The 89th Annual Meeting of the American Association of Physical Anthropologists (2020)


Dietary ethanol in the main food (Ficus mucuso) of chimpanzees (Pan troglodytes) in a tropical rain forest

ALEKSEY E. MARO1, AARON A. SANDEL2, JOHN C. MITANI3 and ROBERT DUDLEY1.

1Integrative Biology, University of California, Berkeley, 2Anthropology, University of Texas, Austin, 3Anthropology, University of Michigan, Ann Arbor

April 18, 2020 4:45PM, Diamond 3 Add to calendar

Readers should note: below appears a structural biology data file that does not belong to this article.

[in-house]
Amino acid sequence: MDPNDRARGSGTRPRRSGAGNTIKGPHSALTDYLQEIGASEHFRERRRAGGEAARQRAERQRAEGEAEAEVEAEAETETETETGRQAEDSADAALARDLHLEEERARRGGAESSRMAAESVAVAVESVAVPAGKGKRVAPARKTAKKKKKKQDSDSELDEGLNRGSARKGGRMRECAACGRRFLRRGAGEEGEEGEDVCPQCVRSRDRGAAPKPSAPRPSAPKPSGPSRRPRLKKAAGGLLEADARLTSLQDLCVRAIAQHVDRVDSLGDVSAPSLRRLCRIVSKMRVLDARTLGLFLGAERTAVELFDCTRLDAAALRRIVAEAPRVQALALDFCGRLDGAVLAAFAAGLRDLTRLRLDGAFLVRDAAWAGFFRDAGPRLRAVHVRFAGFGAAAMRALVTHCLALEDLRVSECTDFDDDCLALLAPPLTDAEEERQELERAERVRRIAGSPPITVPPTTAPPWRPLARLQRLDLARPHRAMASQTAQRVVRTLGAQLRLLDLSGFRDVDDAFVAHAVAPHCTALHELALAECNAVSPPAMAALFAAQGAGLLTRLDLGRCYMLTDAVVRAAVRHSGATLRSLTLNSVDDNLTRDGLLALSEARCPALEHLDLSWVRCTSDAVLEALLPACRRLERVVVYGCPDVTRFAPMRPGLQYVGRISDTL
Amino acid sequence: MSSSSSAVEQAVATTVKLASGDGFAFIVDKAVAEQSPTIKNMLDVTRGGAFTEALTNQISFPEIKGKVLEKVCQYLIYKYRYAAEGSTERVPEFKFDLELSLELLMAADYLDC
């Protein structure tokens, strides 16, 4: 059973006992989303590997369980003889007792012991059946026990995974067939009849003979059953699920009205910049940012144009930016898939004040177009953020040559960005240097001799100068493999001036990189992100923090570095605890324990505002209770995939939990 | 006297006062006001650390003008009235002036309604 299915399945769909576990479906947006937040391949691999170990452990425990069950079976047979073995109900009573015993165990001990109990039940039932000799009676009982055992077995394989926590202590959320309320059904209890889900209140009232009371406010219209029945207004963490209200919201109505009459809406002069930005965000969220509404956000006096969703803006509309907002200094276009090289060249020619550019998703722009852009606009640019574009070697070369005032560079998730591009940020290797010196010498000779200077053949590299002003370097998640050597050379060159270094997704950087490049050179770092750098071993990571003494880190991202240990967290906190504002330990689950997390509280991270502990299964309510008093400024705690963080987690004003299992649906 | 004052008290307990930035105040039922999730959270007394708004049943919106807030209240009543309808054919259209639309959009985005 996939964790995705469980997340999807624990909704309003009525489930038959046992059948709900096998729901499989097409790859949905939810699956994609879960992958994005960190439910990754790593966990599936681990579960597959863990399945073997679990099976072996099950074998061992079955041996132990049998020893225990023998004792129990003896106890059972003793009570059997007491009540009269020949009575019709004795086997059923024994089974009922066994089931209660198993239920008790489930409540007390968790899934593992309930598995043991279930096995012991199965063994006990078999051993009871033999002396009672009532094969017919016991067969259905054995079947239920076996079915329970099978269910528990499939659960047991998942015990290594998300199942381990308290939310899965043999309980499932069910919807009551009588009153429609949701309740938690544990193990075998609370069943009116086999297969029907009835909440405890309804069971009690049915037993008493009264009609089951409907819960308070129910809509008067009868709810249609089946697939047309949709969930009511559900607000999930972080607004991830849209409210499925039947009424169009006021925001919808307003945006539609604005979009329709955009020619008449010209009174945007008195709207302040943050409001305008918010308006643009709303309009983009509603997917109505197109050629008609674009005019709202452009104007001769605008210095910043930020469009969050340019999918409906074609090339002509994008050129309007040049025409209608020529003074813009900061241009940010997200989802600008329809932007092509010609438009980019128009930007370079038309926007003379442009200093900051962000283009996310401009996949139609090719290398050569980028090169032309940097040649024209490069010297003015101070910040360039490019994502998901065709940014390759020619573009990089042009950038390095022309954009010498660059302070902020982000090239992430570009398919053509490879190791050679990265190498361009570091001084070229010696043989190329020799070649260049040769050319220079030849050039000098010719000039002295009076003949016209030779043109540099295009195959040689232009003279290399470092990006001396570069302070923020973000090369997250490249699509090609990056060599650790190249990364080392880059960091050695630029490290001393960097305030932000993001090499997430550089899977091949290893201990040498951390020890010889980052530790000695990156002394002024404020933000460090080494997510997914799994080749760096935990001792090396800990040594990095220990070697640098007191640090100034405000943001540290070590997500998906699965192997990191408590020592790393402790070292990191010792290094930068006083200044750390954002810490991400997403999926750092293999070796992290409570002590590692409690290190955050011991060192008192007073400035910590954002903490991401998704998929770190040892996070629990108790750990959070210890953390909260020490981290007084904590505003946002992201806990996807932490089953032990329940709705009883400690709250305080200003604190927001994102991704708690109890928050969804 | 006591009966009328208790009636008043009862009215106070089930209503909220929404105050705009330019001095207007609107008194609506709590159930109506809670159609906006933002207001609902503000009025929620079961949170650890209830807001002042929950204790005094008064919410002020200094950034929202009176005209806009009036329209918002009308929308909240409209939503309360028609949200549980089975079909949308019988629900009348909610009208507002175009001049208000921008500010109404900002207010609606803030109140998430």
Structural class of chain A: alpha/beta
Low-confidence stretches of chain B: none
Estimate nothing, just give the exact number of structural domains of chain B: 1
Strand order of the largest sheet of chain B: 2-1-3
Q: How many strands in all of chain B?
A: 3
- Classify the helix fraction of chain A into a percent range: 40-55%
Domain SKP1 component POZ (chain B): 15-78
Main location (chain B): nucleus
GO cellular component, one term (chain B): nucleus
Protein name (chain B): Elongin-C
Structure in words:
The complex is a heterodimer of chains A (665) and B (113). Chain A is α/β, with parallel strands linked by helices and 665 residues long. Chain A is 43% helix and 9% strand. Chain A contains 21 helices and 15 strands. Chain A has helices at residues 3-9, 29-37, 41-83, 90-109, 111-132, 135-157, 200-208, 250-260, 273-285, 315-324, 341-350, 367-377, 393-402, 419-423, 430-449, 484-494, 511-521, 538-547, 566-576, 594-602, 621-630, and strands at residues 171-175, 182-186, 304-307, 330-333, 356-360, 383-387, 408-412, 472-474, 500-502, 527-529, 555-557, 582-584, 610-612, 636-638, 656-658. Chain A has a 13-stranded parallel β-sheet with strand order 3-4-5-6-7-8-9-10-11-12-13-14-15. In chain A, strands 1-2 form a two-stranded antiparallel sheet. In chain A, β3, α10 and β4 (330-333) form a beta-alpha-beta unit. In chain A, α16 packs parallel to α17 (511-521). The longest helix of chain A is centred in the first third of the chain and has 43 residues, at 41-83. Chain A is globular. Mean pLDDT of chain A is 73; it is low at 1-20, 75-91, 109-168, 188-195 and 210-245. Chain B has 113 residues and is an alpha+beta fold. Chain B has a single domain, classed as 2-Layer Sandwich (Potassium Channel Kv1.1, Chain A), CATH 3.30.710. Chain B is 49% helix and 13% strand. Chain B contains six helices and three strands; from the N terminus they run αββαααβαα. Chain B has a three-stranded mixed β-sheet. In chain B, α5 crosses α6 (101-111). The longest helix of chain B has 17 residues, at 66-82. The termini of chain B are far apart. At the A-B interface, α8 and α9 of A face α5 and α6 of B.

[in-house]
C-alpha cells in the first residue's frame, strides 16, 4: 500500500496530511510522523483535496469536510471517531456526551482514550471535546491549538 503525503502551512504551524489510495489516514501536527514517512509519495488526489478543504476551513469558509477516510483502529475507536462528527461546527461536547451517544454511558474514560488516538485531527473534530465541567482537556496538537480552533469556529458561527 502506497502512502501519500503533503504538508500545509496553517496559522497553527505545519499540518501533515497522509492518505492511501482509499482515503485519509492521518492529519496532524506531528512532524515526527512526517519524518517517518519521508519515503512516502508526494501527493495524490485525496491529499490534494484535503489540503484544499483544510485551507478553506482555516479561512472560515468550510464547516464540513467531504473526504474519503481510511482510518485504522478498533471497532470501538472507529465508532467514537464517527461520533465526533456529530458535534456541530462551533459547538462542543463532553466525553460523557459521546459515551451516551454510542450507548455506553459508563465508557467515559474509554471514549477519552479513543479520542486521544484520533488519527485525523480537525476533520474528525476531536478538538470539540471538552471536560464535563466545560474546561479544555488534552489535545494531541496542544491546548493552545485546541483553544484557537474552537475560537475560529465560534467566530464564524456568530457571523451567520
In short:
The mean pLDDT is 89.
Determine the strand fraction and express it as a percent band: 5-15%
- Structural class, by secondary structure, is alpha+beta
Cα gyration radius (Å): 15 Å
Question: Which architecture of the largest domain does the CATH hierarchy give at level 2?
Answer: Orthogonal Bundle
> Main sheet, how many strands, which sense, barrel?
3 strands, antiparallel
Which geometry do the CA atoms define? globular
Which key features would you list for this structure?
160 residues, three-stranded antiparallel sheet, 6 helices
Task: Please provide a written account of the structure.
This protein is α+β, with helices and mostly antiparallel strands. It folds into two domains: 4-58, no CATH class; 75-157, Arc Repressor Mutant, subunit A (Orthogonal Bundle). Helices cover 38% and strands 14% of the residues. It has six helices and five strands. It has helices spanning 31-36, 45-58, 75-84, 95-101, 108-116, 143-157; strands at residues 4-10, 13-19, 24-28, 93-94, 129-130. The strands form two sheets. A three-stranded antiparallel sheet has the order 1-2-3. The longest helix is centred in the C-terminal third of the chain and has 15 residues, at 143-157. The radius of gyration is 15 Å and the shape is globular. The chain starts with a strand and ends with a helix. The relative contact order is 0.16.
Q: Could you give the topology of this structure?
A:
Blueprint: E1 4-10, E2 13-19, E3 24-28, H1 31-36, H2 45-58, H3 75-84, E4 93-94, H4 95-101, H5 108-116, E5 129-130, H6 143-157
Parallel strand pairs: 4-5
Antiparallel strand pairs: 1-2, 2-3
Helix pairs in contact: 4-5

Human attraction to ethanol has been hypothesized to be evolutionarily rooted through prolonged ancestral exposure to low dietary concentrations within fermenting fruit. Fermentative yeasts are ubiquitous, vectored by insects and dust motes, and may be present within saccharide-rich substrates without outward signs of decomposition. Obligately frugivorous taxa such as chimpanzees consume large quantities of fruit in relation to their body size, amounting to several kilograms daily. Thus, even low ethanol concentrations potentially add up to a pharmacologically significant dosage, equivalent to multiple standard drinks in human terms. Although ethanol concentrations have been previously documented for primate-consumed fruit, ethanol concentrations within the diet of chimpanzees, our species’ nearest relative, have not been systematically examined. Here we look at Ficus mucuso, the food item most consumed annually by eastern chimpanzees at Ngogo, Kibale National Park, Uganda. Like most Ficus species, F. mucuso is pollinated by specialized fig wasps that lay their eggs within the inverted infructescence. Ethanol concentrations were estimated for over 200 figs using field portable near-infrared spectrometry and gas chromatography. Unripe figs (i.e. those with unhatched wasps) had higher ethanol concentrations (1.1% n=35) than those free of wasps (0.5%, n=150) and hanging figs (preferred by chimpanzees) had higher concentrations (0.8% n=85) than fallen ones (0.4%, n=124). Assays of small sample sizes of several other species of chimpanzee-consumed fruits test positive for presence of ethanol. These results have broader ecological implications for other primate and non-primate taxa and are consistent with prolonged evolutionary exposure to dietary ethanol amongst all hominoid taxa.